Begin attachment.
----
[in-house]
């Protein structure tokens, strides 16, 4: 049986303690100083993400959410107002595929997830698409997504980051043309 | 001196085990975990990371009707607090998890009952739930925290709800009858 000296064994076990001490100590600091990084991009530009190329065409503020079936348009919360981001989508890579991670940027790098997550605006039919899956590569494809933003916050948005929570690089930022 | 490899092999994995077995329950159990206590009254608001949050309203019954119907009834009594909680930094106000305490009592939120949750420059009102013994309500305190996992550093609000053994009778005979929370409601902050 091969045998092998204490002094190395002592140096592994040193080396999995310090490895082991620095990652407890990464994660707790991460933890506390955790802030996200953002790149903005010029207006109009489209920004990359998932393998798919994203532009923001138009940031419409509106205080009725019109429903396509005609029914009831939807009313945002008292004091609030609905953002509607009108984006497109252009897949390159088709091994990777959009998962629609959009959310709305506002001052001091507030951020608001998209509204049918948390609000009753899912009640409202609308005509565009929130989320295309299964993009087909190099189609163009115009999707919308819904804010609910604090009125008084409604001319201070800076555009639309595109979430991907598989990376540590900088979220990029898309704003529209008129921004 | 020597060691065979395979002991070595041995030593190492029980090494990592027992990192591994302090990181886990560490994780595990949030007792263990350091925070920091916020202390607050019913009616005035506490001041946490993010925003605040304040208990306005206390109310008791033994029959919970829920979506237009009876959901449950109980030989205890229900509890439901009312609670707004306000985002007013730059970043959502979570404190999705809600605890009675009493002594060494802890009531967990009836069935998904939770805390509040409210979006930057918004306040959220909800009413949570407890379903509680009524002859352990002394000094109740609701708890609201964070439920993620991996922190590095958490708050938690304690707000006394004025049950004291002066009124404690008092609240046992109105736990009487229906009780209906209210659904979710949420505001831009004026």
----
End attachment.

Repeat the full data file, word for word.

[in-house]
């Protein structure tokens, strides 16, 4: 049986303690100083993400959410107002595929997830698409997504980051043309 | 001196085990975990990371009707607090998890009952739930925290709800009858 000296064994076990001490100590600091990084991009530009190329065409503020079936348009919360981001989508890579991670940027790098997550605006039919899956590569494809933003916050948005929570690089930022 | 490899092999994995077995329950159990206590009254608001949050309203019954119907009834009594909680930094106000305490009592939120949750420059009102013994309500305190996992550093609000053994009778005979929370409601902050 091969045998092998204490002094190395002592140096592994040193080396999995310090490895082991620095990652407890990464994660707790991460933890506390955790802030996200953002790149903005010029207006109009489209920004990359998932393998798919994203532009923001138009940031419409509106205080009725019109429903396509005609029914009831939807009313945002008292004091609030609905953002509607009108984006497109252009897949390159088709091994990777959009998962629609959009959310709305506002001052001091507030951020608001998209509204049918948390609000009753899912009640409202609308005509565009929130989320295309299964993009087909190099189609163009115009999707919308819904804010609910604090009125008084409604001319201070800076555009639309595109979430991907598989990376540590900088979220990029898309704003529209008129921004 | 020597060691065979395979002991070595041995030593190492029980090494990592027992990192591994302090990181886990560490994780595990949030007792263990350091925070920091916020202390607050019913009616005035506490001041946490993010925003605040304040208990306005206390109310008791033994029959919970829920979506237009009876959901449950109980030989205890229900509890439901009312609670707004306000985002007013730059970043959502979570404190999705809600605890009675009493002594060494802890009531967990009836069935998904939770805390509040409210979006930057918004306040959220909800009413949570407890379903509680009524002859352990002394000094109740609701708890609201964070439920993620991996922190590095958490708050938690304690707000006394004025049950004291002066009124404690008092609240046992109105736990009487229906009780209906209210659904979710949420505001831009004026």